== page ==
[00:32:26] You can start to show, see, VP and C level people that like this is actually like improving performance in some measurable way. You can build a case for some of the bigger projects. And honestly, even if you never do that, you’ve made, 10 little groups of people, much more efficient at their, at their day-to-day jobs and hopefully made the company perform better.

[00:32:45] Overall.

[00:32:46] Jevin: [00:32:46] Yep. I really liked that. I think that’s a great middle ground where you’re just, as you’re saying, as you said, like trying to just get these quick wins and try to just start to socialize the idea of using data and getting them to start sharing the dashboards and the answers to their questions and Slack and people having it as part of the conversation without having to spend yeah.

[00:33:07] W , weeks and weeks and potentially months, try to reconfigure their database schema from scratch, just for analytics, which seems like it’s probably not the main reason why you’d want to do that to have a refactor of your day-to-day schema, just for the analytics.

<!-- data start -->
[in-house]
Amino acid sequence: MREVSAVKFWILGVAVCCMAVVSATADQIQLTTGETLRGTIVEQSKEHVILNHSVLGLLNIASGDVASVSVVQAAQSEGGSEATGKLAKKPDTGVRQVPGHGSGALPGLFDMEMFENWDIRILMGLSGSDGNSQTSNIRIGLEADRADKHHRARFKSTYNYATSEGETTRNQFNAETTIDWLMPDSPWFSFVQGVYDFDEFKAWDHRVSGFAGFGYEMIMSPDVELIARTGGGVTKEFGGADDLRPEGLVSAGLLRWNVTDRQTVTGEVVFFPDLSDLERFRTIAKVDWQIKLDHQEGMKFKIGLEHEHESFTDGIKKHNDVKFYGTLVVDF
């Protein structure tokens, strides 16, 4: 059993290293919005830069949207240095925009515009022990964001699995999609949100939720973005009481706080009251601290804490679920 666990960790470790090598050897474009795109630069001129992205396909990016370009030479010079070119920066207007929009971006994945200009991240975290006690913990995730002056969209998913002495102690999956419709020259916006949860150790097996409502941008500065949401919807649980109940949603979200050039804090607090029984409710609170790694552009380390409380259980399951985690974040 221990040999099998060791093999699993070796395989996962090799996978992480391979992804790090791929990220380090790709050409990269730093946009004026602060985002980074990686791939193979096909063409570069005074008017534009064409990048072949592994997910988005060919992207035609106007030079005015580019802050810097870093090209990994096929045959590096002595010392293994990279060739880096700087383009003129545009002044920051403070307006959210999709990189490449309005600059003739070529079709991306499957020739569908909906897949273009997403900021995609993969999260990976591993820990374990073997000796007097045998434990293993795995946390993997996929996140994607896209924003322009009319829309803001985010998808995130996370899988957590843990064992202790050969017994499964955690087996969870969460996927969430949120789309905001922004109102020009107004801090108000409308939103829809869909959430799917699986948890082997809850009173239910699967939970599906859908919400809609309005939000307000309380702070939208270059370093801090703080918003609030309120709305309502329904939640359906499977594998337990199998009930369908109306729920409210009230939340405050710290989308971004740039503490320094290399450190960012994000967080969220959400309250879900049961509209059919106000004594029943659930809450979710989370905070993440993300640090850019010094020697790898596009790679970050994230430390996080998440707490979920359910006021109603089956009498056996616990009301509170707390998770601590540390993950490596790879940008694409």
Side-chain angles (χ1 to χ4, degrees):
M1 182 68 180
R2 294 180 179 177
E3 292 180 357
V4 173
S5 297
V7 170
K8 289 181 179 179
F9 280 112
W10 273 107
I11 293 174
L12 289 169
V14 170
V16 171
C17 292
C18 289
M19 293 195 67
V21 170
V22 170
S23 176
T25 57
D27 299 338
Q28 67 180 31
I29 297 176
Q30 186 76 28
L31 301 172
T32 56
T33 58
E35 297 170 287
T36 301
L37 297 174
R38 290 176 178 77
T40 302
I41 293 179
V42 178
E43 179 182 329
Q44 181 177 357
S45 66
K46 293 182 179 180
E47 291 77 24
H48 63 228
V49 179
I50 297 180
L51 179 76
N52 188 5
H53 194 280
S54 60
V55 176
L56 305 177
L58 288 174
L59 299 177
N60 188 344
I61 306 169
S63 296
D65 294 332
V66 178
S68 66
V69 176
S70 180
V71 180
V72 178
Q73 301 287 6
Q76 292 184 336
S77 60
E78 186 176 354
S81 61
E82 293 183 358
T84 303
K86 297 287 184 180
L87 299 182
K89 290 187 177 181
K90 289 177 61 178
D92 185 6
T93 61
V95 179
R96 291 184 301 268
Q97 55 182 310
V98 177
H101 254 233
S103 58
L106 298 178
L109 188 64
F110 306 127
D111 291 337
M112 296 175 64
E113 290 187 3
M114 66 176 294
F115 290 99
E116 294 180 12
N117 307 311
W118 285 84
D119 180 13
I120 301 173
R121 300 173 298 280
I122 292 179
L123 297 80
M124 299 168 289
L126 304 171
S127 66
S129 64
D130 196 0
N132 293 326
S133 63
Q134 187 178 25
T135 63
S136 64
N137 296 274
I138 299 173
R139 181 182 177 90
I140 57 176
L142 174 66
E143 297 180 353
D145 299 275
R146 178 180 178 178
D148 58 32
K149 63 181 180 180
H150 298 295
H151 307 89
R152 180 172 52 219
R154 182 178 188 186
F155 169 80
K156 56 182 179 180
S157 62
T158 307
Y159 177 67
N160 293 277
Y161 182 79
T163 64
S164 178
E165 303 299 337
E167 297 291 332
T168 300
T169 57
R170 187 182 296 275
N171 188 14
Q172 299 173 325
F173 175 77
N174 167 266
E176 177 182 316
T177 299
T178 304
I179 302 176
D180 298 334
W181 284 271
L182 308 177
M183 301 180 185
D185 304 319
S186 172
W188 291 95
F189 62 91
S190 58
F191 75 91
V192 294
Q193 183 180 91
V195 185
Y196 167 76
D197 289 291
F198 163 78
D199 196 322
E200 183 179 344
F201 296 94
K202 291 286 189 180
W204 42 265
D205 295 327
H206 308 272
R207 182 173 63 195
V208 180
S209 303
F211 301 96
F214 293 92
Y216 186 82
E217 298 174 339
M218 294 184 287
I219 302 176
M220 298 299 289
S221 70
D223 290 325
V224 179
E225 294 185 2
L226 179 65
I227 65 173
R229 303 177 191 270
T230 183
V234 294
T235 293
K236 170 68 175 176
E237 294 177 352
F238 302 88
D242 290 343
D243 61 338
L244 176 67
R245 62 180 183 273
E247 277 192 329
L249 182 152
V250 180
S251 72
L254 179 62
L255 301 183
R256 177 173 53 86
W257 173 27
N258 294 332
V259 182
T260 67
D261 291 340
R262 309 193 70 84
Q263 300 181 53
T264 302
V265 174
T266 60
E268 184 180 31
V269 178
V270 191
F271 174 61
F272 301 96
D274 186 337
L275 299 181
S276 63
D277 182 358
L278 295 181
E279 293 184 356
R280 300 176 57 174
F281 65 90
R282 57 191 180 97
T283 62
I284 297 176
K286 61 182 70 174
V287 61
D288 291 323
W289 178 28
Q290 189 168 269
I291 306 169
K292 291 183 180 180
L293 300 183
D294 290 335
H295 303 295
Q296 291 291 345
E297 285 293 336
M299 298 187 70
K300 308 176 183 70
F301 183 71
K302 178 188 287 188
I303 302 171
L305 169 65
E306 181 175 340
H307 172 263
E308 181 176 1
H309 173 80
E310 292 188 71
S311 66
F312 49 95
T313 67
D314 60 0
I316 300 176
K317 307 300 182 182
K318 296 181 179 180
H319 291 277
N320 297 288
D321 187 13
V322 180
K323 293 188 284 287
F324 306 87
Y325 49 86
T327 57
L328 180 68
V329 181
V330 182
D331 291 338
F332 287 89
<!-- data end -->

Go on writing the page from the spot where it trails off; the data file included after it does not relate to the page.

[00:33:23]I think that’s a really, really healthy approach.

[00:33:26] Sameer: [00:33:26] Yeah. So that’s kind of the general like gospel that we try to spread

[00:33:31] Be bottoms up. Look for use cases that are work and just lean into success, as opposed to trying to fix the whole monstrous problem, which you probably not gonna be able to.

Introducing data in your conversations and decisions

[00:33:42] Jevin: [00:33:42] Yeah. Yeah. I love that. Maybe the last thing that I’d like to touch on would be what should people look out for when they’re trying to inject data into a conversation where they’re trying to decide on a particular , direction to go? I know you’ve mentioned , just be cognizant that maybe your data isn’t telling the full story because it could be inherently flawed.